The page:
All of this put incredible stress and pressure on them (as it could get them back to jail, where they just served a sentence).

A review done by security experts from Barracuda Networks, Gizmodo and a penetration testing company Netragard showed that the app was severely privacy-intrusive, in addition to having "sloppy" and irresponsive" code.

For example, the app can record and store audio from the smartphone microphone, without the user's knowledge, even if the device is in standby or sleep mode.

Furthermore, the app requests access to several functions on the user's smartphone, including camera, audio, WiFi and Bluetooth, and, if the device is "jailbroken", the app gains access to "super user" account, which gives it permission to read, download and modify files on the device, including photos, videos, media files, text messages and contact information.

Basically, it can listen in on their private conversation.

(Find out what 14 smart things you should do to secure your home wireless network)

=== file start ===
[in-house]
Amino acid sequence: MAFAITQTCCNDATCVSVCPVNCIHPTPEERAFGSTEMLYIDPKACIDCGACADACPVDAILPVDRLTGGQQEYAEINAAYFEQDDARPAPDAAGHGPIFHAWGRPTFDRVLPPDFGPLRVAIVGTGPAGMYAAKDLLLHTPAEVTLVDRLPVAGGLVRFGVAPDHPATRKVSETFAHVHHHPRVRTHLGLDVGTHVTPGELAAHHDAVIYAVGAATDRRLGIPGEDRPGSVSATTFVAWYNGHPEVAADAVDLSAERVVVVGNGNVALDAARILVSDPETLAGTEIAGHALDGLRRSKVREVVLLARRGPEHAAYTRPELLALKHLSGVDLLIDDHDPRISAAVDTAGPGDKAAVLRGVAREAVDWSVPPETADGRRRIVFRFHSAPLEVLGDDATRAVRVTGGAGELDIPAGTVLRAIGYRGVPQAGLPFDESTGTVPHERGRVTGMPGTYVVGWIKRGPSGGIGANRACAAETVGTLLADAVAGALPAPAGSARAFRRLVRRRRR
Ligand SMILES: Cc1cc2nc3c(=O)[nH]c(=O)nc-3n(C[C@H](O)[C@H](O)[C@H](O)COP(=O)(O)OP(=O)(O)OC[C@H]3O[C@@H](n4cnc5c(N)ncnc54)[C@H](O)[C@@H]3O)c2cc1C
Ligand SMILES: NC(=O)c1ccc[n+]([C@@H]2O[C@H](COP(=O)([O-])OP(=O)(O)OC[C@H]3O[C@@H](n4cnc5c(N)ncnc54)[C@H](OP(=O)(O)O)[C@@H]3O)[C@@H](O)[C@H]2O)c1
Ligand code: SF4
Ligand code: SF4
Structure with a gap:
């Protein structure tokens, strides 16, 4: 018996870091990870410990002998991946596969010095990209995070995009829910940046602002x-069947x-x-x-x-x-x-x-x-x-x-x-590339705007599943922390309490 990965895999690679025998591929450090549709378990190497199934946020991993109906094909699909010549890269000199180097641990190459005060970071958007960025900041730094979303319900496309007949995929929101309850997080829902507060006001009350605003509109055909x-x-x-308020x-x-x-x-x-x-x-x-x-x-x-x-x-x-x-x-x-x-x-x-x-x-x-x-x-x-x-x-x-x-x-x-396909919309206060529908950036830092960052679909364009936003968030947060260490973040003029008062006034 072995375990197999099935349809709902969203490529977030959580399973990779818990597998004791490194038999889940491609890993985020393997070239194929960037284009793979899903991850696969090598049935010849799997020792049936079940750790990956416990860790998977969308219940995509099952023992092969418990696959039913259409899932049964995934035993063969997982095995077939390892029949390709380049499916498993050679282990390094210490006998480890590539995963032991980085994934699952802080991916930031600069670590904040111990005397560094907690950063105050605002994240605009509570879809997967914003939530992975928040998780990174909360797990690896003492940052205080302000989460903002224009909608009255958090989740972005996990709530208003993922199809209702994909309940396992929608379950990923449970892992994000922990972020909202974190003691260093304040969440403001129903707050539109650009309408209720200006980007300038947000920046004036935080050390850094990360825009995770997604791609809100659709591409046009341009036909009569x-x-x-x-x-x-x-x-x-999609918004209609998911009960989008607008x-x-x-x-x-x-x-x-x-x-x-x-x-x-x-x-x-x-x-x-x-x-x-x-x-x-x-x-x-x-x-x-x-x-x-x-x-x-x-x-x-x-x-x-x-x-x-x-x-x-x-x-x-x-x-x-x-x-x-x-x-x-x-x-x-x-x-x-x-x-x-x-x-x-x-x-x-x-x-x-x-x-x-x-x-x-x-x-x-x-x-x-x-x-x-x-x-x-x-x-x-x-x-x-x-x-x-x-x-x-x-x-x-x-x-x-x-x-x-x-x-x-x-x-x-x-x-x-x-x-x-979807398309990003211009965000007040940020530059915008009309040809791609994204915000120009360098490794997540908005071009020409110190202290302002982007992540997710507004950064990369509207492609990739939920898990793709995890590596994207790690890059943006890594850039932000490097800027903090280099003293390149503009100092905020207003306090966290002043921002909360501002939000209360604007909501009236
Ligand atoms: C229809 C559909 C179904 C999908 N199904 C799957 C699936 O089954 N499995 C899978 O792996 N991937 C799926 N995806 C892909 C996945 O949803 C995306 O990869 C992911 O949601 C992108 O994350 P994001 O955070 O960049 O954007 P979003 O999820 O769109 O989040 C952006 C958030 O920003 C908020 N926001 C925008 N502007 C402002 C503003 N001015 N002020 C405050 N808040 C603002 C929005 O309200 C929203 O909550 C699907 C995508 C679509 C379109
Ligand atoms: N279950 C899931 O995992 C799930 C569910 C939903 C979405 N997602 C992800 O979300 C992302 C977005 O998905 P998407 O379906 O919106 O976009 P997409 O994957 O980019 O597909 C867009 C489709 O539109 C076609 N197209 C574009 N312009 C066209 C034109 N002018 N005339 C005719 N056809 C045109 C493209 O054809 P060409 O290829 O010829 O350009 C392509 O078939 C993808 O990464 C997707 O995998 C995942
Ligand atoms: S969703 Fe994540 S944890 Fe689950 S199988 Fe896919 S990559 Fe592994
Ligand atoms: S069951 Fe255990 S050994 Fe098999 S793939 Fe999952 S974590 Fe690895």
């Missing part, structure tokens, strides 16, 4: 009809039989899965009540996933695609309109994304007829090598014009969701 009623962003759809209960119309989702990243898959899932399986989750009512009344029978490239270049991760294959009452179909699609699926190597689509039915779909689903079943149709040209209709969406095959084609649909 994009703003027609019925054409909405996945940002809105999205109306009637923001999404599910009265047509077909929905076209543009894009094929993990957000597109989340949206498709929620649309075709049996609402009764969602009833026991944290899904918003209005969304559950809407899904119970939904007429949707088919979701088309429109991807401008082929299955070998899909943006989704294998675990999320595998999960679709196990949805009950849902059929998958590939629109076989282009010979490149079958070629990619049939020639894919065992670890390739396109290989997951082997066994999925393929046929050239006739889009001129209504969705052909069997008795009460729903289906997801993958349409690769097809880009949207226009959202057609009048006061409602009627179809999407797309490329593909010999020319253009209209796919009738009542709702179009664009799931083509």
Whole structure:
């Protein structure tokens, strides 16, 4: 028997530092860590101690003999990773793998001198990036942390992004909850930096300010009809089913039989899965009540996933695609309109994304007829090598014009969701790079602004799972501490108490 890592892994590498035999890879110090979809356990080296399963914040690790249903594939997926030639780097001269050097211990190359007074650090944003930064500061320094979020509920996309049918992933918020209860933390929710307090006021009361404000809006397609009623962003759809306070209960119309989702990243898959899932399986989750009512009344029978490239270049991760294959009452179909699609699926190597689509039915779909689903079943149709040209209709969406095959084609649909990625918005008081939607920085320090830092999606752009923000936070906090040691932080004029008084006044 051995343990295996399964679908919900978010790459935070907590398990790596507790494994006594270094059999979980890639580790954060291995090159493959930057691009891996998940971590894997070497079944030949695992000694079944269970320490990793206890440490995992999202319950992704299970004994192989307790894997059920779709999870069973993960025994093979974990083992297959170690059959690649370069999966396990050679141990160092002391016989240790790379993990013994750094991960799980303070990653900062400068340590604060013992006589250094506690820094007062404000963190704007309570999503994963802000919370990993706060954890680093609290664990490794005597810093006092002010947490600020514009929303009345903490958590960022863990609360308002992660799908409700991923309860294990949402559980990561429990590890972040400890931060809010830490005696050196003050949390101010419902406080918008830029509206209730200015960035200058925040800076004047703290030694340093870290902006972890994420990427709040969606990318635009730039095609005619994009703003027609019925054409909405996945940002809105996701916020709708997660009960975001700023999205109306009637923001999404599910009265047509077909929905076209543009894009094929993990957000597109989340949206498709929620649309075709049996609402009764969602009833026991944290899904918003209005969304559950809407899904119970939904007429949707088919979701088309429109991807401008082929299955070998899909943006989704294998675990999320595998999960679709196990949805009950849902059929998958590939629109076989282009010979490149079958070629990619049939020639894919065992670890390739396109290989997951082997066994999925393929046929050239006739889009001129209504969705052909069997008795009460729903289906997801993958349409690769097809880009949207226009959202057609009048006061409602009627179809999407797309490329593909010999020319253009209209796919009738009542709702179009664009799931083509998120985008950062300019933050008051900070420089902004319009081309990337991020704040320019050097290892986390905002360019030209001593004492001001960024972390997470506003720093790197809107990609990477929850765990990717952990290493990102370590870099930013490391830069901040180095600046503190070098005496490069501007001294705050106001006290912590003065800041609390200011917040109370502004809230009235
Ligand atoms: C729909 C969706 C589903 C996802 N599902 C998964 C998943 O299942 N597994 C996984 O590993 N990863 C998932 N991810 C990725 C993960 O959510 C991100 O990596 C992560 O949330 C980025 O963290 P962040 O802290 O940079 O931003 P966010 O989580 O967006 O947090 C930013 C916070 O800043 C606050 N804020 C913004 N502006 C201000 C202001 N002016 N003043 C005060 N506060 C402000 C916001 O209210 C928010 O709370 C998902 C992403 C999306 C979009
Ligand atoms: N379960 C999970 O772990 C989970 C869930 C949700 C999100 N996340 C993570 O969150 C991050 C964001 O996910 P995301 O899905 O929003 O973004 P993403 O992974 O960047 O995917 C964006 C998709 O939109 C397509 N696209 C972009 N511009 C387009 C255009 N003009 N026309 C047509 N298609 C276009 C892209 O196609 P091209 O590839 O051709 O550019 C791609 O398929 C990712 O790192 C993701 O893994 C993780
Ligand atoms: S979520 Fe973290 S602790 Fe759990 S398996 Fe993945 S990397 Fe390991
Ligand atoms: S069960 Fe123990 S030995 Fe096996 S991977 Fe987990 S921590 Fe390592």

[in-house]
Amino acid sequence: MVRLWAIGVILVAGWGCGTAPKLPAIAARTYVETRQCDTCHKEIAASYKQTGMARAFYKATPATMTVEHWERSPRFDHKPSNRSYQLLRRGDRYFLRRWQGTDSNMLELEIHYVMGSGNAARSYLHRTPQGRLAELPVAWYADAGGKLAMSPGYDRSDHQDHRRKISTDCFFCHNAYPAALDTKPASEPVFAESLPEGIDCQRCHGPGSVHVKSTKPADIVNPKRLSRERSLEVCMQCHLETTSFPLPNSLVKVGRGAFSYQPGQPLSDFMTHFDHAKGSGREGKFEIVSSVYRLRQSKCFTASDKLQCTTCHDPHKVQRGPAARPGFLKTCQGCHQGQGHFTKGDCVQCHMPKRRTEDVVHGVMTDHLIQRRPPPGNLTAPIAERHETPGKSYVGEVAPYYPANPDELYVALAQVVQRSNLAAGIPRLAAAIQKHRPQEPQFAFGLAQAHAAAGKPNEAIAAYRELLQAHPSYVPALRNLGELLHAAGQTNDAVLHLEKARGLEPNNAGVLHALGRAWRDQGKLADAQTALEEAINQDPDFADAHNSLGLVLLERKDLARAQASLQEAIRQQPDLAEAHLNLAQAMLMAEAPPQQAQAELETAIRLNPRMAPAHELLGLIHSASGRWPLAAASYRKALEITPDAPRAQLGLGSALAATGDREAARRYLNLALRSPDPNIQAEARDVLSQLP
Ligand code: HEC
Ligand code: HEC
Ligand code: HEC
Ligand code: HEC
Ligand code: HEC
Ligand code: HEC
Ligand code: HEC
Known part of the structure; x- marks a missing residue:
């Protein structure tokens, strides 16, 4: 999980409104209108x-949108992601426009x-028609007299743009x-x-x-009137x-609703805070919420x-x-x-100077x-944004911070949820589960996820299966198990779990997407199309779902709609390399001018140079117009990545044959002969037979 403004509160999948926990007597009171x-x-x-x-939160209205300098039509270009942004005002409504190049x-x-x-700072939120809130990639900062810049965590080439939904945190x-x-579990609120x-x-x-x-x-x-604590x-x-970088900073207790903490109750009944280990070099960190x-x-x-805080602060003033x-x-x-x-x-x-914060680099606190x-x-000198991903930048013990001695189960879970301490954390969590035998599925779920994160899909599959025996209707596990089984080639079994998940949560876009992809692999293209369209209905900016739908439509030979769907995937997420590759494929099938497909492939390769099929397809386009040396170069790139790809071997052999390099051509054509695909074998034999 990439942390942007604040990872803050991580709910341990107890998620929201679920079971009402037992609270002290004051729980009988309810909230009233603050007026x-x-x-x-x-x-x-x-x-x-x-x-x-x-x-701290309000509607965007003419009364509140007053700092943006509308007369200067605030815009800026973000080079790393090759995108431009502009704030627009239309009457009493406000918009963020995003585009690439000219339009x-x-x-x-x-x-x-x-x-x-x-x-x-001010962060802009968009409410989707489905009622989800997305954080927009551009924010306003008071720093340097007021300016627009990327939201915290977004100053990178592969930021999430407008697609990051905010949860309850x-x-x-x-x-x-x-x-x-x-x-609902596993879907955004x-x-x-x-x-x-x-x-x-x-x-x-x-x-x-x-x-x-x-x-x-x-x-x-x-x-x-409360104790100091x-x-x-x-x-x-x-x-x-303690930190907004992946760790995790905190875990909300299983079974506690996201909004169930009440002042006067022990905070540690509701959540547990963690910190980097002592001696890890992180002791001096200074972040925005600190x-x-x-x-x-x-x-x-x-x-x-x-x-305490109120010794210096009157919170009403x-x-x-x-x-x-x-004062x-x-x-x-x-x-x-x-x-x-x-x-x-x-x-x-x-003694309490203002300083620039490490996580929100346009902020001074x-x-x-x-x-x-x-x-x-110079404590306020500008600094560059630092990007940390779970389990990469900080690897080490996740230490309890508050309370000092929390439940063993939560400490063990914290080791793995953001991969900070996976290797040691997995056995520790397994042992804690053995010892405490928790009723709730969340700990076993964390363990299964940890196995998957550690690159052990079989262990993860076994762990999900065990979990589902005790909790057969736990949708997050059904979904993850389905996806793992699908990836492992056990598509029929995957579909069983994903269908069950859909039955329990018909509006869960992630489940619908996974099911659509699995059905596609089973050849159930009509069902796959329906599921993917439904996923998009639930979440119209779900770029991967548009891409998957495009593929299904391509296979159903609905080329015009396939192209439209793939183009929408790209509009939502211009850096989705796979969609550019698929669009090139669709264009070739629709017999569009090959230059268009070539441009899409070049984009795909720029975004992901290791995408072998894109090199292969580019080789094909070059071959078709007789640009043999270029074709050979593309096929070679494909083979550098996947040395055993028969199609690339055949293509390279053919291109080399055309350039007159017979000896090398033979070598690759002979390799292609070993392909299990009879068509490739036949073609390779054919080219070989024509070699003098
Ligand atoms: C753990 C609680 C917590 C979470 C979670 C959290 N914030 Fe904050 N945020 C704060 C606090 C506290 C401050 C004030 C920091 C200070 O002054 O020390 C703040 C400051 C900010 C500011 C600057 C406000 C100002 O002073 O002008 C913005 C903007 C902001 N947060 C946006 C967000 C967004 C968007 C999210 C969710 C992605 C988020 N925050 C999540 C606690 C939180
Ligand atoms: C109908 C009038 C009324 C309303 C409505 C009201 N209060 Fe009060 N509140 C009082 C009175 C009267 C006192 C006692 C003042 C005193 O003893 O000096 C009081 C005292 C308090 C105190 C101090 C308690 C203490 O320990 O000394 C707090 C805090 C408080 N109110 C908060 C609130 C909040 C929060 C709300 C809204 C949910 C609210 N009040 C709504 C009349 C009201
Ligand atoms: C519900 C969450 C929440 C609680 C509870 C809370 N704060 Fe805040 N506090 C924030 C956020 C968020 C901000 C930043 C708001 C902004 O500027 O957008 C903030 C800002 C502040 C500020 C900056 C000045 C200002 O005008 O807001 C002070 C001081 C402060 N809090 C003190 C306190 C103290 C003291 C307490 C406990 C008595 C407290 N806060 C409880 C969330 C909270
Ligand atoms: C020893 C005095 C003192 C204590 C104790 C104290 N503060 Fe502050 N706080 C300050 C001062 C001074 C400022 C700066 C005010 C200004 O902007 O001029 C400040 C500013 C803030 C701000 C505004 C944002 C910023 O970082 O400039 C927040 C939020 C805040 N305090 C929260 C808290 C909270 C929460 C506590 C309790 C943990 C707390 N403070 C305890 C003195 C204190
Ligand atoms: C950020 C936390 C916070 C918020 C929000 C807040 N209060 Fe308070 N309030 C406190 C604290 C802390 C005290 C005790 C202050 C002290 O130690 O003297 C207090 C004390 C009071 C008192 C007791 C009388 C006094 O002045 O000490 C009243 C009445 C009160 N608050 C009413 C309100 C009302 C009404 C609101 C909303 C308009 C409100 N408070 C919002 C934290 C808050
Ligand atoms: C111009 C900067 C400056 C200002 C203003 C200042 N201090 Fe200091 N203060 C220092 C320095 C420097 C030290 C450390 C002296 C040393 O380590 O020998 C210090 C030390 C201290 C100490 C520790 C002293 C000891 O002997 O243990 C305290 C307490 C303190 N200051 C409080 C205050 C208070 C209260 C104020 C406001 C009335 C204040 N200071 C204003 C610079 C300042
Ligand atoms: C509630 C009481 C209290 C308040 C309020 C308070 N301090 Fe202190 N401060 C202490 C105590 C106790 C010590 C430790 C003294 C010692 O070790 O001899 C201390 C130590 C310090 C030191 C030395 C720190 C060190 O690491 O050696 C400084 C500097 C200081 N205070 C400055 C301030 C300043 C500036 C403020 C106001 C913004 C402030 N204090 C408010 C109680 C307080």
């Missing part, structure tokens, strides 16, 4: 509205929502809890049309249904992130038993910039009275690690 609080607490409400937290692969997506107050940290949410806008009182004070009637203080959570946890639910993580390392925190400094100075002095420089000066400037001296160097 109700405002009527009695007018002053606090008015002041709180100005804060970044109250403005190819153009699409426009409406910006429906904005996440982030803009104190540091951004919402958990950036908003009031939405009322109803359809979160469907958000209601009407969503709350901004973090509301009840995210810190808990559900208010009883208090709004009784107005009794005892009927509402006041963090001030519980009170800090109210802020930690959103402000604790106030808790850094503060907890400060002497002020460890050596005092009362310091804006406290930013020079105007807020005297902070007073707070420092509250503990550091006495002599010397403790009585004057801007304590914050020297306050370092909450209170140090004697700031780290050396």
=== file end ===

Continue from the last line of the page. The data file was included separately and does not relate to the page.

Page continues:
The reviews on Google Play and Apple Store also don't paint a very pretty picture of the app, with most of them being negative. On Google Play, the average rating is just above 3 stars (out of 87 reviews), while on Apple Store it is 2.8 (from 11 reviews), with most users complaining about the poor functionality, lack of control, the amount of access that the app has and the overall lack of privacy.

Conclusion

The amount of control and access to our private data that apps on our phones have is nothing short of alarming.

But at least it's not like your freedom depends on an app, right?

Perhaps not, but if you are giving apps, websites and services access to too much of your data and the ability to listen to your private conversation, you are essentially waiving away your freedoms, not to mention the potential for mass surveillance through our phones that this brings.

Stop doing that. At least you have a choice of what you want to put on your devices and can decide who to share your data with.

Liverado apps both use end-to-end encryption, full anonymity and zero data access, along with open-source code and a simple-to-use interface. Try them out today and start protecting your data.